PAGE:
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Pope appeals for peace, reconciliation in the United States

Pope Francis speaking during the Sunday Angelus has called on the people of the United States to be responsible, promote democracy and reconciliation, following the

 storming of the Capitol in Washington 


The pope said he was "shaken by the recent assault on Congress" and said he is praying for the five people who lost their lives "in those dramatic moments."

Francis was speaking during the Sunday Angelus, days after an angry mob stormed Capitol Hill January 6, clashing with police, breaking down doors and moving into the halls of the Capitol building, interrupting the count of electoral votes to certify the 2020 election affirming Joe Biden and Kamala Harris as the next president and vice-president.

"I reiterate that violence is always self-destructive," Pope Francis said. "Nothing is gained by violence and so much is lost," he added.

"I urge the State authorities and the entire population to maintain a high sense of responsibility in order to soothe tempers, promote national reconciliation, and protect the democratic values rooted in American society," he said.

The pope had already commented about the attack on the Capitol in a pre-recorded television interview with Italy's "Canale 5" that aired last night.

The Canale 5 special was called, "The world I hope for: Pope Francis speaks".

The interview with journalist Fabio Marchese Ragona, took place in the Santa Marta Residence in the Vatican.

The pope addressed various topics, including: the pandemic, the vaccine, the unrest in the United States, abortion, politics and how his life has changed because of the virus.

Pope Francis in that interview said the January 6 events on Capitol Hill "came as a surprise" to him even though he acknowledged that no society can consider itself immune from subversive elements.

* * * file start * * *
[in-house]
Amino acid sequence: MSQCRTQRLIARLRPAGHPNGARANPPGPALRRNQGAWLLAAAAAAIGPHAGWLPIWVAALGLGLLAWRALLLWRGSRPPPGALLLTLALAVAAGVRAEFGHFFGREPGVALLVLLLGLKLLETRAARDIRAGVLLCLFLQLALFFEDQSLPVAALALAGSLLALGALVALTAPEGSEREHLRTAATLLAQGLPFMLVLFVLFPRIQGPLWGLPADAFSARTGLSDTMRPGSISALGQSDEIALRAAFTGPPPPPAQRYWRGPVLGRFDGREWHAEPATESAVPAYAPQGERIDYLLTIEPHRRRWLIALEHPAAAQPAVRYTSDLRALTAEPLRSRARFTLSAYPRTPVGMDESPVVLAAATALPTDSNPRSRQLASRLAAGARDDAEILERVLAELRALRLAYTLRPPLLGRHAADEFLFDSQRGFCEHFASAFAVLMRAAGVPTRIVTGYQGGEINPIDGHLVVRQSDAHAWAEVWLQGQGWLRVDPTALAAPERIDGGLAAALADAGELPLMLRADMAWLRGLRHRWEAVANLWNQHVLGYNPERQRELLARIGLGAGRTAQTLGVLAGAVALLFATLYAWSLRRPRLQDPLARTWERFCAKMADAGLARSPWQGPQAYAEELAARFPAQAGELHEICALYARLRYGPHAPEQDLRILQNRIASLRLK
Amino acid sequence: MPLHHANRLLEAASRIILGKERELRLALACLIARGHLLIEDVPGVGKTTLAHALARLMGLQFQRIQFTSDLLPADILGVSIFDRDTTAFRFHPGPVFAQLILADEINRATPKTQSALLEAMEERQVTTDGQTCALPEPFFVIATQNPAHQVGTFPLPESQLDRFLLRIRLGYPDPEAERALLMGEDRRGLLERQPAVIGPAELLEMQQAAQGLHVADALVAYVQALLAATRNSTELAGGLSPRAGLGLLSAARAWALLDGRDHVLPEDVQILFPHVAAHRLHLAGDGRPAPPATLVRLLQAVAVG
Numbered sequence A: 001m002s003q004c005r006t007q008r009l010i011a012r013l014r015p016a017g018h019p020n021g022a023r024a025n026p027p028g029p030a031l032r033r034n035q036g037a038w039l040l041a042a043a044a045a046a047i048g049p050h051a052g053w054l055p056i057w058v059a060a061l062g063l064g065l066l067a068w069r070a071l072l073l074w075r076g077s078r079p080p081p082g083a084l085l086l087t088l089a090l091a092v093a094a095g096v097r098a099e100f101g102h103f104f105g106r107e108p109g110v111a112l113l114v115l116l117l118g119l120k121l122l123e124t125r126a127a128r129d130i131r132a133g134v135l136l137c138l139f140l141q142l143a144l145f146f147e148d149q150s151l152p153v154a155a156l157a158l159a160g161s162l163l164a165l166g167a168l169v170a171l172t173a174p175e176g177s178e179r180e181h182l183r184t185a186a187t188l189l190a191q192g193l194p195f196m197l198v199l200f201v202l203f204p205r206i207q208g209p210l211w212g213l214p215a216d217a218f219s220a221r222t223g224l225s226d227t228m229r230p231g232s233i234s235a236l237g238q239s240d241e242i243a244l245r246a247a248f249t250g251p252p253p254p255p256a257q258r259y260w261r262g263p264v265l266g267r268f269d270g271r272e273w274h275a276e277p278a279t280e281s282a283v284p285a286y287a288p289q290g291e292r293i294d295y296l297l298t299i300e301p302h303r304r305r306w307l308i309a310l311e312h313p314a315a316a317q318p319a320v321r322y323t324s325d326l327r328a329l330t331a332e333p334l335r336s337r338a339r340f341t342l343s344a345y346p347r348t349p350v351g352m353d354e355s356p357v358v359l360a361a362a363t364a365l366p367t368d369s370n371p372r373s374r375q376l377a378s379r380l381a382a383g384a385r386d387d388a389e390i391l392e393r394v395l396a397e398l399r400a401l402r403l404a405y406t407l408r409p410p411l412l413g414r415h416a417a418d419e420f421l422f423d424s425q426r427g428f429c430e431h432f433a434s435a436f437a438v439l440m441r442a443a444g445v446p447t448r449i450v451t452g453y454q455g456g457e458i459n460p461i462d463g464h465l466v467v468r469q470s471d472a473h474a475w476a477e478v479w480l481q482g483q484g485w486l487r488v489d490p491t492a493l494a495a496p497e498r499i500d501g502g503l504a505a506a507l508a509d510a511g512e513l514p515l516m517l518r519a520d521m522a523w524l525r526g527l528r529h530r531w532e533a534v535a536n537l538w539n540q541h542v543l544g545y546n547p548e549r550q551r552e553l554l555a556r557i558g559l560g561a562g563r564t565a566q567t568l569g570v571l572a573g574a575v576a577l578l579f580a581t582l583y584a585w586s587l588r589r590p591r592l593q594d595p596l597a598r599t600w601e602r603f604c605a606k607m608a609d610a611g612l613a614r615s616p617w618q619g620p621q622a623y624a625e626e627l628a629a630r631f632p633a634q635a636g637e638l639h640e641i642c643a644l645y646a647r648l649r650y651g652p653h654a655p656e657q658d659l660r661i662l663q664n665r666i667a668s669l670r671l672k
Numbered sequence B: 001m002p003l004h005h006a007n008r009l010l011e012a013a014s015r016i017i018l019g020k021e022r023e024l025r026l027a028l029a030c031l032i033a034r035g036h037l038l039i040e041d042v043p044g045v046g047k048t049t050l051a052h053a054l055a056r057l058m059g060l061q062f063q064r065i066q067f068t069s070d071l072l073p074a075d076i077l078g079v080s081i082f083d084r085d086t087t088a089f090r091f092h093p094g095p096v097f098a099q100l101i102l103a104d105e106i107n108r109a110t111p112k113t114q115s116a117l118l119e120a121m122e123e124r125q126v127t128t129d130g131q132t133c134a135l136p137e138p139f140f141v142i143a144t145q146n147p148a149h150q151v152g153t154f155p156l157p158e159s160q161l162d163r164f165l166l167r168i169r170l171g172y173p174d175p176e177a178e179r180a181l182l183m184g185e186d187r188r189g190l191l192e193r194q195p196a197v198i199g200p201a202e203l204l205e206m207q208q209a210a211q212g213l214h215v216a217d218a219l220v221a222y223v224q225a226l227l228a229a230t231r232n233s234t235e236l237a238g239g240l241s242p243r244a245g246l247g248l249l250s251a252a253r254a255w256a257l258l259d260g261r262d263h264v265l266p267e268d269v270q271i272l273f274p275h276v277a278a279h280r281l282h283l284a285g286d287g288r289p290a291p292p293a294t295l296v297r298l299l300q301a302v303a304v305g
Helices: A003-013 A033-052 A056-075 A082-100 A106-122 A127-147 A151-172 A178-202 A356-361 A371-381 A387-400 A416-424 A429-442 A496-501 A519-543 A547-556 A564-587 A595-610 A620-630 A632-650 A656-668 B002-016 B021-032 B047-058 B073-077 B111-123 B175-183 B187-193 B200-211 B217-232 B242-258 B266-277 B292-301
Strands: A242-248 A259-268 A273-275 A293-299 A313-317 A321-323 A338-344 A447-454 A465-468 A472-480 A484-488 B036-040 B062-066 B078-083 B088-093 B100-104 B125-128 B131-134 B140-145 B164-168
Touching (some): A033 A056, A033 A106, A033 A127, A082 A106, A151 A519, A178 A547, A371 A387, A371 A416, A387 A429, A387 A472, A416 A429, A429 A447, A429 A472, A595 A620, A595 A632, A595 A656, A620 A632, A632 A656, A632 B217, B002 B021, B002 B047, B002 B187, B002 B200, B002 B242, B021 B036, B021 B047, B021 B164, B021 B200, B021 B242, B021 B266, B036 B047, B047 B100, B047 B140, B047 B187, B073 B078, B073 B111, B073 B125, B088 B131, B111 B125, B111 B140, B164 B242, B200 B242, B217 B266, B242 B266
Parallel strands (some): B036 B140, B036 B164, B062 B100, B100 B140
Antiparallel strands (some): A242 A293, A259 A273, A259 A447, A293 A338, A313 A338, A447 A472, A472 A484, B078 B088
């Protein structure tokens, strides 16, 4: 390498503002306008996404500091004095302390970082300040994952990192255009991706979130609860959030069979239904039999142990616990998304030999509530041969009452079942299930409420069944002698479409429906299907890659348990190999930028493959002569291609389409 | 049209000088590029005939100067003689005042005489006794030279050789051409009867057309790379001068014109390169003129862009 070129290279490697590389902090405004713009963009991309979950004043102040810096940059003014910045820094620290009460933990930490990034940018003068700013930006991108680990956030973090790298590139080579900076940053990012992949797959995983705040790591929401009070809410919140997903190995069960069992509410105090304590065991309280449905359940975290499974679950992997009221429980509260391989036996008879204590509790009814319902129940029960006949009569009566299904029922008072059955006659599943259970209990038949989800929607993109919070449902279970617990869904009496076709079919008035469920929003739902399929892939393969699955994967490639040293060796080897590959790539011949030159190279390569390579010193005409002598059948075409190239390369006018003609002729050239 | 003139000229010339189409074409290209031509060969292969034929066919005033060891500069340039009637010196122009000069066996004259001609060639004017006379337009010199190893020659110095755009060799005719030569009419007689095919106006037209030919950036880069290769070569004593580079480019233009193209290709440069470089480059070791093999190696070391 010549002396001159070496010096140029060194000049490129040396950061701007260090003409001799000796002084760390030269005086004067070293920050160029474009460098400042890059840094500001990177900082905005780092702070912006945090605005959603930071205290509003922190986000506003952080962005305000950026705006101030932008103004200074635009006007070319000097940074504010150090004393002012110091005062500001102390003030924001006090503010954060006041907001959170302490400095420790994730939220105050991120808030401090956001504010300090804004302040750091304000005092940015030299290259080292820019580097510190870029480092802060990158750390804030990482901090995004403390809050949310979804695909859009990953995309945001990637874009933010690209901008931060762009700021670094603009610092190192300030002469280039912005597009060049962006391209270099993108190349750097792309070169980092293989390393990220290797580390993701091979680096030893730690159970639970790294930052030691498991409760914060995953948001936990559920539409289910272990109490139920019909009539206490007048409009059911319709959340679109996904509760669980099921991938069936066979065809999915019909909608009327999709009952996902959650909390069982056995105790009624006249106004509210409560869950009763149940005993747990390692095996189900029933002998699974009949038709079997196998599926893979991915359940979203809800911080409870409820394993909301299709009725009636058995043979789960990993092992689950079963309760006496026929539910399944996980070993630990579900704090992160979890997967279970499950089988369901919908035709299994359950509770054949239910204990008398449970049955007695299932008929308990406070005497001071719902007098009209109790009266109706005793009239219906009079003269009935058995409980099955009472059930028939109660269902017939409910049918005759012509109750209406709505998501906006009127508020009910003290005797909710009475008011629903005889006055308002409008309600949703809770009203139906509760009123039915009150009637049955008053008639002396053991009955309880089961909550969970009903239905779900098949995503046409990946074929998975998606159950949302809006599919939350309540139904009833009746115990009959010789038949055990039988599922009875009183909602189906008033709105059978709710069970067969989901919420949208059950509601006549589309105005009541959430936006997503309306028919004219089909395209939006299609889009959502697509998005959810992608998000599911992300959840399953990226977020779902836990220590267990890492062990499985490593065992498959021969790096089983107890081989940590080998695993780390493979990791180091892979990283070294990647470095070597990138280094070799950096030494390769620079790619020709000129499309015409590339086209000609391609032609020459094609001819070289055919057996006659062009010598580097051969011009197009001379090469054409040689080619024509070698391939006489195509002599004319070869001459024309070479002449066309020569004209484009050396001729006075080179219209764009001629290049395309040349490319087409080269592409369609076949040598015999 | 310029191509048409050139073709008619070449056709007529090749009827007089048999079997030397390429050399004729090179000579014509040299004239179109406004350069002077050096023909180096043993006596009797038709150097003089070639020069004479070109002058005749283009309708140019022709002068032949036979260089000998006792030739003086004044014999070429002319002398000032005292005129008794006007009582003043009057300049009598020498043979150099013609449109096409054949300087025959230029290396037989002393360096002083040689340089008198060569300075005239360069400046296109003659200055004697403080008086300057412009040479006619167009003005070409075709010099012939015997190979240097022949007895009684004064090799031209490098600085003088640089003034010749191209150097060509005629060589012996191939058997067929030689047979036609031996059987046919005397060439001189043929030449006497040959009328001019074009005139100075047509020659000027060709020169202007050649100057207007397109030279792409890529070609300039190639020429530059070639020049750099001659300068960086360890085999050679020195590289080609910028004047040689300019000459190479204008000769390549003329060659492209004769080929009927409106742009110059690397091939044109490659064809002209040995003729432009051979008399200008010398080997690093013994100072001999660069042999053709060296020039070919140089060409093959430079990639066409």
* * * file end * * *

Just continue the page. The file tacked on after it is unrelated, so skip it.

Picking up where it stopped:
"I was amazed, because they are a people who are so disciplined in democracy," said Pope Francis.

However, even mature societies can have flaws, and there are often people "who take a path against the community, against democracy, and against the common good", he said.

Violence must certainly be condemned, he said. "It must always be condemned, regardless of those who perpetrate it."

He pointed out that "There is no society which can boast of never having had a single day or case of violence," and so it is now a question of "understanding, so as not to repeat [the violence] and learn from history."

"Understanding is fundamental", the pope said because it is the only way in which to find a "remedy."

Regarding the anti-Covid vaccine, the pope also spoke of the possibility of choosing to be vaccinated against COVID-19, a choice that he described as "ethical".

He expressed the hope that everyone will do so in respect for the lives and the health of others.

 Click here for the full text of Pope Francis' ANGELUS Sunday, 10 January 2021.